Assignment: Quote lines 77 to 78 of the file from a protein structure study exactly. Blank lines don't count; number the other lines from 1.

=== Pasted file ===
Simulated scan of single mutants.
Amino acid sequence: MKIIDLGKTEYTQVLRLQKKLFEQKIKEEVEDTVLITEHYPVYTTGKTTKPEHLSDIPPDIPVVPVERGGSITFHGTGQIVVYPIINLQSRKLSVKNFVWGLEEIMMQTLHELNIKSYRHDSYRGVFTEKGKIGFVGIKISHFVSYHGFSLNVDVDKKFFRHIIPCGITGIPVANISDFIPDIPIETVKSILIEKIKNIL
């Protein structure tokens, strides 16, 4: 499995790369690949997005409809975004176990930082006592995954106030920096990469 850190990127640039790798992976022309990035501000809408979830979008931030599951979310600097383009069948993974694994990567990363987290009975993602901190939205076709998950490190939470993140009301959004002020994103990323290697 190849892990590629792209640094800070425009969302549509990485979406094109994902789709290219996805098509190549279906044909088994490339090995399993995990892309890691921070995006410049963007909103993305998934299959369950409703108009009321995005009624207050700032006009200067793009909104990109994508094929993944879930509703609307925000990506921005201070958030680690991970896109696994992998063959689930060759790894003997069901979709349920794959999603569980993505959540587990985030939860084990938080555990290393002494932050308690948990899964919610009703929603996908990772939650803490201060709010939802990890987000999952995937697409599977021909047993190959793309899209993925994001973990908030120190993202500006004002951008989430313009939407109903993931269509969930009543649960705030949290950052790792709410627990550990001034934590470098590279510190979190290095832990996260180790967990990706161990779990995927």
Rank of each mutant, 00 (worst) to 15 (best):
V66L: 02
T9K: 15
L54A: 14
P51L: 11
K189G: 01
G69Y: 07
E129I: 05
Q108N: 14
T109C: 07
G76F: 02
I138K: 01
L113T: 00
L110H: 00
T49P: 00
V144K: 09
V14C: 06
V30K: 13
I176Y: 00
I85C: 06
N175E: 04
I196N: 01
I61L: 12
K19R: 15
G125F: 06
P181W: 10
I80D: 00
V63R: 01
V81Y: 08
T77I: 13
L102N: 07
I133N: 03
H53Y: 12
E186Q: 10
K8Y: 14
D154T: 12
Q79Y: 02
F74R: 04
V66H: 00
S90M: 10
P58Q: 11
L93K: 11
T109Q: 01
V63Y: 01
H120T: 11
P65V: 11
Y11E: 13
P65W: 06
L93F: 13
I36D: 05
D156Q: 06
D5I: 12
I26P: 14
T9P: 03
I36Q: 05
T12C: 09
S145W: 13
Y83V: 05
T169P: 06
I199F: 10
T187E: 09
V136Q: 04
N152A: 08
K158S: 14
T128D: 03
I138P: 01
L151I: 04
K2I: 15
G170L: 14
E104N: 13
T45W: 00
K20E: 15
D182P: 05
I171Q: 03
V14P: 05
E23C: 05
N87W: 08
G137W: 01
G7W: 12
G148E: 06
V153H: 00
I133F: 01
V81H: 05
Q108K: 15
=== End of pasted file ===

I171Q: 03
V14P: 05